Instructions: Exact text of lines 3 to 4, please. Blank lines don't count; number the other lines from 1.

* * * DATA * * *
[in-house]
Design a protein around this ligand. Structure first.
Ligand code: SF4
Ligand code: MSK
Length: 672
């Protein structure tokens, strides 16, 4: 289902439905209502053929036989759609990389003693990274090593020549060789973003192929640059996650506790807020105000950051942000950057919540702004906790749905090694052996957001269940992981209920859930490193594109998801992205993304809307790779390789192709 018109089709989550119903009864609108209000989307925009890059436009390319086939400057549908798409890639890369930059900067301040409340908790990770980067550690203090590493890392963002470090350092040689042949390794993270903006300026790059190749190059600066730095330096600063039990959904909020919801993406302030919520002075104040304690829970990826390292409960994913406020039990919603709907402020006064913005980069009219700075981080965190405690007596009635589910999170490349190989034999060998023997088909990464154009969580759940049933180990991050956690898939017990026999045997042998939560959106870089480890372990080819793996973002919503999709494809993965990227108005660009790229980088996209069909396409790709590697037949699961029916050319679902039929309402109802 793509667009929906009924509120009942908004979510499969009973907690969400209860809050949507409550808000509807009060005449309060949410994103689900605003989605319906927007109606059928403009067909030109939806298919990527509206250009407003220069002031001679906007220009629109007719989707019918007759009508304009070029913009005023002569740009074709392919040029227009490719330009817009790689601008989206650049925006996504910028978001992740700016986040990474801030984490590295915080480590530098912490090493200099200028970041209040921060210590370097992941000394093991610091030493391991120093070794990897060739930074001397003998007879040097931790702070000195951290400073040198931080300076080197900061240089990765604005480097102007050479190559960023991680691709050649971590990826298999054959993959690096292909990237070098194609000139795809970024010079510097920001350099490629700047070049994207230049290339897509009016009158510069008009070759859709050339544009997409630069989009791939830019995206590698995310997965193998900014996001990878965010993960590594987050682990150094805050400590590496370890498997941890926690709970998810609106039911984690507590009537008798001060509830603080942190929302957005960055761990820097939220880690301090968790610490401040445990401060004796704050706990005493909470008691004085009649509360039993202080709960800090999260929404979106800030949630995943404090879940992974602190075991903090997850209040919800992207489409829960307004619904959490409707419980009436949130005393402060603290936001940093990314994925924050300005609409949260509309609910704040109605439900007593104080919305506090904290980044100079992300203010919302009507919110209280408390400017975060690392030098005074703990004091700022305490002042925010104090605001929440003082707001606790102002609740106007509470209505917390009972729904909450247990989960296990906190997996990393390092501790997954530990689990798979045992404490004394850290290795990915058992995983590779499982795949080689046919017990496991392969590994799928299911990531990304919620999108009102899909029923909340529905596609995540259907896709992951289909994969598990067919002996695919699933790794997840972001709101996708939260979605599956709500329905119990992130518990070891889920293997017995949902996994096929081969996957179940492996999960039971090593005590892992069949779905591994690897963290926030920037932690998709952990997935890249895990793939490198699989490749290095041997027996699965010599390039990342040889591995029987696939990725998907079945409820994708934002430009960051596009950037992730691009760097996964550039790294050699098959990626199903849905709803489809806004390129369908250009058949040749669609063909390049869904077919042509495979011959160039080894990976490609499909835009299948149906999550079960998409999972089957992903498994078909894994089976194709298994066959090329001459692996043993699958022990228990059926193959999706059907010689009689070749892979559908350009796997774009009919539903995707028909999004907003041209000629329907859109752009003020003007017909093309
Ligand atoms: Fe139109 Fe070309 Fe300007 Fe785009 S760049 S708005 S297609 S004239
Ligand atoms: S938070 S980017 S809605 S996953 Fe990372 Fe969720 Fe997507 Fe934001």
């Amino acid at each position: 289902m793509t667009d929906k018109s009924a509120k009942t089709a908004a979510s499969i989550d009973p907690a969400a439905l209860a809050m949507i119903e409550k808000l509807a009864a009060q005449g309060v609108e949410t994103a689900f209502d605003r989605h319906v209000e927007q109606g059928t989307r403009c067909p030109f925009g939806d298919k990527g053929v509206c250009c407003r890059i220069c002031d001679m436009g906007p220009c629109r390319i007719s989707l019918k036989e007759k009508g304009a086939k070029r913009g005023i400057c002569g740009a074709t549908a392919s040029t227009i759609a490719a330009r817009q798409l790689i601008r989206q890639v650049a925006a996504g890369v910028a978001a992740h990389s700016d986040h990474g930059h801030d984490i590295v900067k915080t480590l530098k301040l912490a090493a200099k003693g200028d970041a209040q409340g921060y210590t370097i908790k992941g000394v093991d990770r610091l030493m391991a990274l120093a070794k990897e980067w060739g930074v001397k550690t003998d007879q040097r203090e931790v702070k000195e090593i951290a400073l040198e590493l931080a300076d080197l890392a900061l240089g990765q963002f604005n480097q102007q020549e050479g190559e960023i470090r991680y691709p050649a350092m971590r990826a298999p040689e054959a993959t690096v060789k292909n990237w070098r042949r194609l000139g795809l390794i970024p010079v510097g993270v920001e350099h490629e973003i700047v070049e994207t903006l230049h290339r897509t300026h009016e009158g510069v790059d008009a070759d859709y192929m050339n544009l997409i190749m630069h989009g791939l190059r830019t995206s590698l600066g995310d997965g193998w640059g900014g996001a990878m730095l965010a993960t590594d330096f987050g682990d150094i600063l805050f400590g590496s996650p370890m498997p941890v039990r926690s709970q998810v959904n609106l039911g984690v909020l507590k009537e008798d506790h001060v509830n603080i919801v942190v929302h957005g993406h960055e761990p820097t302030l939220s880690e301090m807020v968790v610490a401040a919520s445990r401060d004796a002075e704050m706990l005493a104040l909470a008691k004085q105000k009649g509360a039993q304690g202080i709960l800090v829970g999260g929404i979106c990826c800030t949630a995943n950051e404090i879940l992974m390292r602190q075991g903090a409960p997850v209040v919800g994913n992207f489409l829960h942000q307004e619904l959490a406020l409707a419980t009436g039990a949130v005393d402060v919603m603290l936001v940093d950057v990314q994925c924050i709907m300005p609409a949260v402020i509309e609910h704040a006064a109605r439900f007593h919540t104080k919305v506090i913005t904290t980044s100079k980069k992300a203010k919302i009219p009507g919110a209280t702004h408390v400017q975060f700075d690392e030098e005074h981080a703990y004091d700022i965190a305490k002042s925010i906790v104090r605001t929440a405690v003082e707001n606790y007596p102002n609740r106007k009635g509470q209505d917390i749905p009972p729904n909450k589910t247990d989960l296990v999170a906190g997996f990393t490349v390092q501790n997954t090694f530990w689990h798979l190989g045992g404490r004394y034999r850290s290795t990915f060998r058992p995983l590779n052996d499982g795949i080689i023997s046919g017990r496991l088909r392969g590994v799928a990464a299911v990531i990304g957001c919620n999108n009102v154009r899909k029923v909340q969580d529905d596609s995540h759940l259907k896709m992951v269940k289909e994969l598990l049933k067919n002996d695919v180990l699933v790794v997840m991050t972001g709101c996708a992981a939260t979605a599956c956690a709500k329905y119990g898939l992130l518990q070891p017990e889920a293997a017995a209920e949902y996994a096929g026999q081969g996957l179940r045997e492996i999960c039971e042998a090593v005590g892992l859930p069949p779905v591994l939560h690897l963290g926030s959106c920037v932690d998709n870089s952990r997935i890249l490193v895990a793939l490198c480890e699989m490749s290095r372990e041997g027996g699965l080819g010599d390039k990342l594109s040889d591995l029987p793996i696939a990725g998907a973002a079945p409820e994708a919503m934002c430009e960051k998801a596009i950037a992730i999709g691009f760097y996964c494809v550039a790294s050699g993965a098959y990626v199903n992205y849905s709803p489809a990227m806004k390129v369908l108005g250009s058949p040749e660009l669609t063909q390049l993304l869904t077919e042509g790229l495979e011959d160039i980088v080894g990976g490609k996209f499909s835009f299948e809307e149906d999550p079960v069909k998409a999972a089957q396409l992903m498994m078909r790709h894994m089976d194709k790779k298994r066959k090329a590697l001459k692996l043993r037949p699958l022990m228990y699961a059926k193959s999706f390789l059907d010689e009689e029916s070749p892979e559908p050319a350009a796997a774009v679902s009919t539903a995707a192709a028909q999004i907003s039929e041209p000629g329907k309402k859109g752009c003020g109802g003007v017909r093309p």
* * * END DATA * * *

Ligand code: SF4
Ligand code: MSK